If you're a first time Plant Parent, don't worry! This is a lot less stressful than having human children.
We've compiled a simple set of guidelines to help you with your Mini Edible Garden. Happy harvesting!
Gentle filtered sunlight throughout the day will help your plant babies #thrive. You can place your mini garden somewhere that gets morning or afternoon sun, but preferably a place that's protected from harsh mid-day rays. Check up on the plot once in a while to make sure it isn't too hot or parched. Don't be afraid to move your garden around to see where it receives just the right amount of Vitamin D!
Dechlorinated water is key, guys! To dechlorinate, place tap water in a basin without a cover and let it breathe overnight. Rain water is also a great option because it's rich in essential nutrients and minerals. It's best to water your plants in the morning, at around 7-9AM, before the strong morning sun comes out to play. Don't water too often in the afternoons or evenings because this may lead to root rot (yeah, it's a thing).
Other notes: Use sight and touch to gauge if your plants are thirsty. Peak summer means some plants species like basil need extra care and should be watered twice a day. Leaves speak volumes! If they're drooping, shower the plant gently as it's probably dehydrated. Yellow leaves suggest you might need to adjust water & sun dose.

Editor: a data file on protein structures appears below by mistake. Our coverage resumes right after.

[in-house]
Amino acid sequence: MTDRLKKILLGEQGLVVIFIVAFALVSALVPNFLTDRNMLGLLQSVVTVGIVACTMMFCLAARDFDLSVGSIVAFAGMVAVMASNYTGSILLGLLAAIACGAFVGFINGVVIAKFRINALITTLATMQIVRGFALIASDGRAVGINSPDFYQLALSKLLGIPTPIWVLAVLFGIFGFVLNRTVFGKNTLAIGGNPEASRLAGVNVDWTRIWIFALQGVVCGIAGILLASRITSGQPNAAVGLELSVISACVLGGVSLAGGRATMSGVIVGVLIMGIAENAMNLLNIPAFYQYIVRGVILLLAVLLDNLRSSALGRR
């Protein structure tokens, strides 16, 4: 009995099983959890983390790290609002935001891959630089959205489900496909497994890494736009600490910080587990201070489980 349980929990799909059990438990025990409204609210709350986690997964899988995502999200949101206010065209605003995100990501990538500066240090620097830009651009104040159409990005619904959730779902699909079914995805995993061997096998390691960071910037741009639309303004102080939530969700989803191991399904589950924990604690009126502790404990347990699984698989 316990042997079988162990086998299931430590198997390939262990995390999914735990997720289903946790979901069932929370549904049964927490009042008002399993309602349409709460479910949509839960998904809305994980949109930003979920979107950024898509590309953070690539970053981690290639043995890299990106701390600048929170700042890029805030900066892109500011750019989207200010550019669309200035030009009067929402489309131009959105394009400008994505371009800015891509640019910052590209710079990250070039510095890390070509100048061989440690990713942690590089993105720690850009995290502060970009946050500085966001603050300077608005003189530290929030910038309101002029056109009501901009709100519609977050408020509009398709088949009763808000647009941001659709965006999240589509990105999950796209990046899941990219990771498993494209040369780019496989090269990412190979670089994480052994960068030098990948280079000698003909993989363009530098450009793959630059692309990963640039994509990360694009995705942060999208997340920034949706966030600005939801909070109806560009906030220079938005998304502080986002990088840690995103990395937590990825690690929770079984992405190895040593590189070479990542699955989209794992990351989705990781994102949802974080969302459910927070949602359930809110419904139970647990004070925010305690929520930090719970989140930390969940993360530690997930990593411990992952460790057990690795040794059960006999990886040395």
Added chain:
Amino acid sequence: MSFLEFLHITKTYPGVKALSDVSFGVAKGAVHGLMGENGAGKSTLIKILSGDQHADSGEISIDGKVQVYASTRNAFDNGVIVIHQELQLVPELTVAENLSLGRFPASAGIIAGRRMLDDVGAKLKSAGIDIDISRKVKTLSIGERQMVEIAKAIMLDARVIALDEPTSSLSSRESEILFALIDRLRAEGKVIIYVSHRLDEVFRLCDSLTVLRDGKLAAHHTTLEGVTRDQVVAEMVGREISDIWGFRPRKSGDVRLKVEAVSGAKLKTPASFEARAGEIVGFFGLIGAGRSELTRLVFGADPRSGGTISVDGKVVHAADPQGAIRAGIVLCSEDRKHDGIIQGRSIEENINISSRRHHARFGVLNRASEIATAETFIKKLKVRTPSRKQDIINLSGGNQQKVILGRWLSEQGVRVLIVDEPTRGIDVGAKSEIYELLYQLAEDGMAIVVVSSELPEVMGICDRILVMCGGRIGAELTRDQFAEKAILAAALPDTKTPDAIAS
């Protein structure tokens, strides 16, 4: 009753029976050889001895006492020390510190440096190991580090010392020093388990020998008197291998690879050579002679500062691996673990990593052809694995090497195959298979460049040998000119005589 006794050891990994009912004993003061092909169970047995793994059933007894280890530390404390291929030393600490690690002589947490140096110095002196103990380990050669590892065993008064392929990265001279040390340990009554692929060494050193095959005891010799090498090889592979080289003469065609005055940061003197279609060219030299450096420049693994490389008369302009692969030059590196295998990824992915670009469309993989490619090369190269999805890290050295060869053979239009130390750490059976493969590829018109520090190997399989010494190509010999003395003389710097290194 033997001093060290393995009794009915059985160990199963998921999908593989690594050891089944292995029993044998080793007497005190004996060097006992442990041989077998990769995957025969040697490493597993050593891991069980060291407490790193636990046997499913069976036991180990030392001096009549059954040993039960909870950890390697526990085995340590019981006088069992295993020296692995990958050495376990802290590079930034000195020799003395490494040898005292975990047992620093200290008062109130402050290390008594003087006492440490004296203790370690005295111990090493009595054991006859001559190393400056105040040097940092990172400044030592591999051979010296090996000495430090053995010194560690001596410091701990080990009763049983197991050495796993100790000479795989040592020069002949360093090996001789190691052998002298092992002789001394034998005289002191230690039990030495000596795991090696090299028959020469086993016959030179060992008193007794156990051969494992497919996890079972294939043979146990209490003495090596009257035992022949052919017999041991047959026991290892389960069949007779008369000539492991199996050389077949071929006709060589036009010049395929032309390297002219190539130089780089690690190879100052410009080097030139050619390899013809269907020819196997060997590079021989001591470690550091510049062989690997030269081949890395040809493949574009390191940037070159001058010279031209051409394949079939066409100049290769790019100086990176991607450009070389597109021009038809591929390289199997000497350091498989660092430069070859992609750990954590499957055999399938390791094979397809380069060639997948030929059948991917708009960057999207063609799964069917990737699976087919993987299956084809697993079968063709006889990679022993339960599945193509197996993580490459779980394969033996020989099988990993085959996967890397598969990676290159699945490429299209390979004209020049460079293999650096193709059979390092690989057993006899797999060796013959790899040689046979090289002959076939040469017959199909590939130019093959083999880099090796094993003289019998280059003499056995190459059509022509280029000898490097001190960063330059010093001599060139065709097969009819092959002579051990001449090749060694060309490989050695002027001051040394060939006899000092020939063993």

PLANT FOOD ⚡️
When you purchase a Mini Edible Garden, we also give you plant food or "compost tea" from our organic, meat-free, vermi compost bins at the farm. Plants love this because it's full of essential nutrients. Transfer the tea into a spray bottle and use once a week (or when you notice your plants may need some TLC). You can spray directly on the soil or under the leaves, but avoid spraying on top of the leaves since it's absorbed better underneath.
Depending on the leaf, it's best to harvest when they're about medium sized. Scissors can be used to make neat cuts, but you can use your thumb and index finger too. Feel where you're going to pick from, then make a deliberate pinch. Make sure you aim pinch at a junction of stems so that more stems can grow later.
And remember: Don't pick and pluck the whole plant (with roots and all) — this cuts their lifespan and they won't be able to regenerate. Harvest what you need regularly. It keeps them healthy! Just leave enough for your plant babies to grow again.
If you want to move your babies to a bigger pot, make sure you water them a few hours before transferring. When you do, get the whole plant gently by the root system. It'll take a couple of days to re-root and recover from the stress of the move, so you can give it some extra love (aka compost tea). For bigger plants with bigger stems (like Gynura & Talinum), you can make a cutting from the thick roots and transplant those. Try to leave them in the same location until the plant readjusts to its new home. Make sure you increase container size gradually, maintain the quality of the soil, and water thoroughly after transplant.